Washington ranks 14th in child well-being — room to improve

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Washington state ranks 14th in a new report on child well-being. The Annie E. Casey Foundation’s annual Kids Count Data Book measures how well states are supporting children and families in four categories: economic well-being, education, health and family and community.

Dr. Stephan Blanford, executive director of Seattle-based Children’s Alliance, said the state continues to struggle with a child care crisis, in which low-income children don’t have access to high-quality care, if they have access at all.

“As an education researcher and a former school board director here in Seattle, I know that their chances of doing well in K-12 are very constrained if they don’t have access to high-quality child care in those early years,” he said.

Blanford noted that depression and anxiety numbers among children are also high in the state. Washington ranked lowest in economic well-being, at 28th, partly due to more than 500,000 children living in households with high housing costs. The state ranked highest in health, at 4th.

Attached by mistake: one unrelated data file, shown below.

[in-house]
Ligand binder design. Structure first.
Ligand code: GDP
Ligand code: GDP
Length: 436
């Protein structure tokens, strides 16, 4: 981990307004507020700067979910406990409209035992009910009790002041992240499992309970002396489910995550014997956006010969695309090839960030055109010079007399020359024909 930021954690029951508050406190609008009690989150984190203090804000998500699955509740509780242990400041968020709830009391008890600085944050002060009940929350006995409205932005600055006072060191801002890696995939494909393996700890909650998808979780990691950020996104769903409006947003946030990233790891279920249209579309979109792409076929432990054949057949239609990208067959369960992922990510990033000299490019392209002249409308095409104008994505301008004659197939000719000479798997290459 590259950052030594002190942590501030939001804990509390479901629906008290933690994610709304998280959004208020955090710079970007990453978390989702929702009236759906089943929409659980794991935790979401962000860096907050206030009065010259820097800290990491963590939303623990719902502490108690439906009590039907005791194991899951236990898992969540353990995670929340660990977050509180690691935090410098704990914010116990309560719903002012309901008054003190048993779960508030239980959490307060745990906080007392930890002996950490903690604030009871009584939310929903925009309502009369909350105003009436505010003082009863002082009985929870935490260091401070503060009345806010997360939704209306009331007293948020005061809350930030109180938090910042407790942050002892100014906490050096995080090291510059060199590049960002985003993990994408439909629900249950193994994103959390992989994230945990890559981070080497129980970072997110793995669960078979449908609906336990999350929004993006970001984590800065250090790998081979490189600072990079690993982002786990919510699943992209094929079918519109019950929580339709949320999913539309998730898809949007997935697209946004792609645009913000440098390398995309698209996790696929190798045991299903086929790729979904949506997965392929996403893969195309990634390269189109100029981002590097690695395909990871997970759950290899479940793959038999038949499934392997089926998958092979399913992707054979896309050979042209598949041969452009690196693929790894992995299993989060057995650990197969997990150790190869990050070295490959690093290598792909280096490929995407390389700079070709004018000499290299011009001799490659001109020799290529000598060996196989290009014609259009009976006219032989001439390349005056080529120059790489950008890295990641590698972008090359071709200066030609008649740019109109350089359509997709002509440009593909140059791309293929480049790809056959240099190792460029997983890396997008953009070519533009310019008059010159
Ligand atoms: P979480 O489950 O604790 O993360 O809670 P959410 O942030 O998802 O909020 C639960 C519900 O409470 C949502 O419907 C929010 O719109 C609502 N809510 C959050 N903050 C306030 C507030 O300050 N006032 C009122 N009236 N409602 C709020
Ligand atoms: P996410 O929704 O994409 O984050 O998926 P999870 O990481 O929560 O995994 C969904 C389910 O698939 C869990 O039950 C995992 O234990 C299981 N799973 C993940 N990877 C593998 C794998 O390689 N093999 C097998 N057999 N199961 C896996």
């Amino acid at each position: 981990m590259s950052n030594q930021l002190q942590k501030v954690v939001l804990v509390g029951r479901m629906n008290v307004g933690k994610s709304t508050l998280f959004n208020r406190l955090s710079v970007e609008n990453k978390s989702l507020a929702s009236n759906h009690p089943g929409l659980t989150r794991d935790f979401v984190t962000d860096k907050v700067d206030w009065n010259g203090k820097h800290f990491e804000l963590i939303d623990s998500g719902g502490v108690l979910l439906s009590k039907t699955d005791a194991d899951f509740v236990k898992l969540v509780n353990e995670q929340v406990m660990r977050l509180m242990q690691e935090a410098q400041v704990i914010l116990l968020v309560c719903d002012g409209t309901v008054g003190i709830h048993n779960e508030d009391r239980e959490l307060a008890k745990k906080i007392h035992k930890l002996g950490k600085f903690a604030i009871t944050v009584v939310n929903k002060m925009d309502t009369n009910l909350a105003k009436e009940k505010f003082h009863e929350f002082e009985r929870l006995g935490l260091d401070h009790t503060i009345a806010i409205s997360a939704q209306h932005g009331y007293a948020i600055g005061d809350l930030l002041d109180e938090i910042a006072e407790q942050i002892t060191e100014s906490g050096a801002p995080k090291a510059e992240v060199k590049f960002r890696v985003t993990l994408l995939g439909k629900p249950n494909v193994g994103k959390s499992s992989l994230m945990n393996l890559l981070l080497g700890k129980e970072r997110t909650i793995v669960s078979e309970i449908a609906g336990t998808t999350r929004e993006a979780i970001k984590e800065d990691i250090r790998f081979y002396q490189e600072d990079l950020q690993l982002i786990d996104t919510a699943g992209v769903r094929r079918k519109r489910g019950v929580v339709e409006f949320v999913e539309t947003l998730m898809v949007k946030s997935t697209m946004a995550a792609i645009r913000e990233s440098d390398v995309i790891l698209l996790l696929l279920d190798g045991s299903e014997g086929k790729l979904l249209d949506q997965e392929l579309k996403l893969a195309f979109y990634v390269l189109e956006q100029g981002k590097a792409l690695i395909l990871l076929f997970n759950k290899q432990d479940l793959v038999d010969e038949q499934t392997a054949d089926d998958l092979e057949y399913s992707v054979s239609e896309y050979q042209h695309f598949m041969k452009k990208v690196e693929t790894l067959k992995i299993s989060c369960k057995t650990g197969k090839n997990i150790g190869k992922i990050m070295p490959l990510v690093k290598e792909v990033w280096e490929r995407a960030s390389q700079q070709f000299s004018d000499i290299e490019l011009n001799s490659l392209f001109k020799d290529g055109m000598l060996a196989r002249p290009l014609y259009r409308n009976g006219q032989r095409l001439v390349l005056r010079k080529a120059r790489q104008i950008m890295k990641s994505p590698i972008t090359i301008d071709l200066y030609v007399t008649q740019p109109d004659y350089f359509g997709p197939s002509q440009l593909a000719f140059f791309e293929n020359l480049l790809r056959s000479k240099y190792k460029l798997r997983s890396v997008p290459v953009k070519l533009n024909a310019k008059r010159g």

Like other states around the country, Washington has had struggles with education post-pandemic.

Leslie Boissiere, executive director with the Casey Foundation, said the pandemic is not solely to blame for worsening educational outcomes. She says this has been an issue for a long time.

“For example, the pandemic erased decades of increases in math scores. However, if you look over those 35 years that we’ve produced the Data Book we’ve never seen a significant percentage of children who were either proficient in fourth rade reading or basic math,” she said.

Boissiere also noted that $190 billion in federal pandemic funding, through the Elementary and Secondary School Emergency Relief, could help boost achievement. She says the deadline for states to allocate this funding is Sept. 30.

“There are still tens of billions in pandemic era funding, called ESSER funding, that was allocated to schools to provide resources for things such as high dosage tutoring, and other resources that can support children that haven’t been spent,” Boissiere said.

— By Eric Tegethoff, Public News Service

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